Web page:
I just signed up for Sharon Salzberg’s 28 day meditation challenge. Want to join me? After you sign up, she’ll send you a daily meditation in the form of a 5-10 minute audio file. This mornings was 8 minutes with an intro – easy peasy. Research has been busting at the seams with all the benefits of meditation. 5-10 minutes a day. That’s not so bad, is it? Join me!
So, how have you been doing since the US Presidential Inauguration on the 20th? Like many of us, I’ve been in a whirlwind of stress as each new day we’re surprised by a new atrocity. Most of the time, our anxiety is based on something irrational and despite our worst fears and imaginings, things turn out all right. But this political climate is different. Our country needs us to stand up for all human rights, acceptance, inclusivity and love. And, action always feels better than being frozen in fear.
Let’s look at some ways to get involved!
Donate to your charity of choice. Some of my favorites are Doctors without Borders, Southern Poverty Law Center, Planned Parenthood, and the ACLU. Be a micro-philanthropist – even $10 makes a difference. And you can be creative – maybe you can’t drop $120, but you could consider a scheduled donation of $10 a month.
Join the Women’s Movement and commit to 10 actions for the first 100 days. The first action is simple – write down your thoughts and ideas on postcards about what’s important to you and how’ll you stand up and fight. Then send them to your Senators – easy peasy! Want to take it a step further? Host a postcard writing party or potluck!
Keep up the Momentum:
Here are two great sites for daily and weekly calls to action:
*Subscribe to Project 1461 for their Daily Call to Action.
*Sign up for Jen Hofmann’s Weekly Action Checklist for Democrats, Independents, and Republicans of Conscience.
Stay Inspired – check out Vox as they interview young people during the Women’s March.
Maintain Balance – don’t forget to take good care of yourself. It’s going to be a long haul.
Check out this little superhero – a wise teacher (at the ripe old age of 9) who shows us how to use self talk when facing challenges! Love her!
This weekend’s reading material theme is getting comfortable with discomfort.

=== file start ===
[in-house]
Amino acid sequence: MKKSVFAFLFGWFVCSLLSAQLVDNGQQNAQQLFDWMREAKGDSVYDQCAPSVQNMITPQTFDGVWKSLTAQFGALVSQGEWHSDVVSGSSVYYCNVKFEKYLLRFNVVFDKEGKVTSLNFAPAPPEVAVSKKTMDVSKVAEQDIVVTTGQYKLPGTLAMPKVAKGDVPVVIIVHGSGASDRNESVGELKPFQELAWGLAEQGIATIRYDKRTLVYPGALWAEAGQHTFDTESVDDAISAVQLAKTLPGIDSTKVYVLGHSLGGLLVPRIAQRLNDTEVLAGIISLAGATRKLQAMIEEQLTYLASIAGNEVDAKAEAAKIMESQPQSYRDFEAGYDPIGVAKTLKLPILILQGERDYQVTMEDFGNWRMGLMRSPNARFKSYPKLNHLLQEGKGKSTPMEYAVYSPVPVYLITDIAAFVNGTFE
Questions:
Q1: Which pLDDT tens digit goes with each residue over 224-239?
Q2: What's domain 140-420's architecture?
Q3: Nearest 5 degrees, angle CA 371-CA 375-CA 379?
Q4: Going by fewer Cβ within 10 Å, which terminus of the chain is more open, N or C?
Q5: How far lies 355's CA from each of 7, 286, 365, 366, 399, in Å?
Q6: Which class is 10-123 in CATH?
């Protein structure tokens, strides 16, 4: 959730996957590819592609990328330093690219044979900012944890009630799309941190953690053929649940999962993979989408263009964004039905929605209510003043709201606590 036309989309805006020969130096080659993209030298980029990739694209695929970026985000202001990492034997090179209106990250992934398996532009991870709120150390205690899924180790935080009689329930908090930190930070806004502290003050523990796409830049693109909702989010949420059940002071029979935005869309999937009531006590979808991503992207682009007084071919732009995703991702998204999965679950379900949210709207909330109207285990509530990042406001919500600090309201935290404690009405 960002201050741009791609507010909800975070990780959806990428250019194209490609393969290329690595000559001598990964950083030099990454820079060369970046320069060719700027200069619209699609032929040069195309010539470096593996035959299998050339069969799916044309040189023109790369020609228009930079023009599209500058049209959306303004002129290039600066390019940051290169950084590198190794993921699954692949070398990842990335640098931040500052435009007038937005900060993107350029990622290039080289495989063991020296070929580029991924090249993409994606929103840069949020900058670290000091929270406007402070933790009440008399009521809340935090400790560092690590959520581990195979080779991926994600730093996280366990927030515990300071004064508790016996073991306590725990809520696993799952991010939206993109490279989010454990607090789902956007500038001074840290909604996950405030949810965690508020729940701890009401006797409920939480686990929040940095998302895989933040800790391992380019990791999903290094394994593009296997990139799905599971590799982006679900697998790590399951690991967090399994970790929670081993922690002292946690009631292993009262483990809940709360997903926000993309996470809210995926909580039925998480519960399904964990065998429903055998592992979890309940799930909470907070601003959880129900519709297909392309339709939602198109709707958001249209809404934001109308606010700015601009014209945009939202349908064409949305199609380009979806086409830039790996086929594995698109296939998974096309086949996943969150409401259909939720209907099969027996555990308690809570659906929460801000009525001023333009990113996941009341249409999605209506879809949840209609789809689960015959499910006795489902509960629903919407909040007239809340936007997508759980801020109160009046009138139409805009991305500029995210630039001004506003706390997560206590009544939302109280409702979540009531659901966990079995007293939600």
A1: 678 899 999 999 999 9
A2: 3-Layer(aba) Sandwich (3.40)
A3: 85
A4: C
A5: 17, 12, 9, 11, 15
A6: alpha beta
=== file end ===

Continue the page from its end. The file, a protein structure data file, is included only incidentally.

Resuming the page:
To start us off, check out Reid Wilson‘s new blog on Psychology Today – his latest post is titled “Winning the Battle Inside Your Mind”. It’s the story of how Reid, a psychologist & anxiety expert, worked through his own experience of panic, finding a way to Keep Going when his brain was shouting inside to stop.
Next up we have Leo Babauta from Zen Habits. I love the title of this post – “Discomfort Zone: How to Master the Universe“. I saved this to Pocket a while ago & find myself referencing his ideas whenever I need a boost. If you can master that everyday moment of discomfort – whether it’s anxiety, procrastination or prioritizing what’s important -nothing will stop you from achieving your goals and living a big life.
Finally, check out: “How Exercise Shapes You, Far Beyond the Gym“. In it, Brad Stulberg reminds us that what we gain most from exercise isn’t just physical fitness – it’s the ability to sit with and even embrace discomfort in life whenever it pops up. And, if you didn’t get a chance to read Healthy Habits in September, there are many more links to articles on the benefits of exercise & meditation in combatting depression & anxiety.
Happy Reading and have a beautiful weekend!
Have you heard of The November Project?
The November Project gathers people on Monday, Wednesday and Friday mornings at 6:30am in cities across globe to run stairs, hills, and whoop it up as they meet their fitness goals and create life long friendships.
Reading this article and thinking about my own DIY anxiety support group started my wheels turning – why not create a November Project style group to help people face their fears and phobias? Community exposure work! Imagine showing up at 6:30am on a Monday morning and riding elevators for an hour with a bunch of folks who also feel panicky about elevators. Or, meeting to walk across that scary pedestrian bridge with 50 new friends who don’t like heights, but are all hooting and hollering “Keep Going!”. Agoraphobic? How about an urban hike and throwing in a little social anxiety work with conversation at a local coffee shop afterwards.
Let those images sink in. That good exposure work would happen a few times a week, be done in community and finished before you even started your work day. How powerful would that be? This is taking the idea of a DIY anxiety support group one big step further. Imagine the decrease in isolation – people who get it! And the increase in people’s ability to tolerate discomfort and anxiety through consistent work in facing their fears.
I’m going to keep my wheels turning and see what I can create. How about you? Is this a project you could start in your city or home town with the common goal of mental fitness and well being? Without fear standing in your way, imagine the possibilities!
Recently, I posted a page called “Finding Help” which talks about the steps to finding a great therapist. But, maybe you’re more of a self help kind of person and just want a community of people who you can talk to openly about life, including anxiety. Pull up a chair and let’s talk!
A few years ago, I invited some fellow Anxiety Girls to work through Reid Wilson’s book “Don’t Panic” and set exposure goals for ourselves. There’s just something about being accountable to someone else that helps with goal setting in any arena. It’s also comforting to talk with people who really get it. My sister-in-law & I joke that it’s nice to have people with whom you can let your crazy out. Because whether or not you can see it – we all have a little crazy.
We met for coffee every other week, at first, to discuss the book and our goals. As we got more comfortable and grew in our relationships, we hit the roads to do some exposure work together – highways, bridges, traveling distances were all part of our repertoire.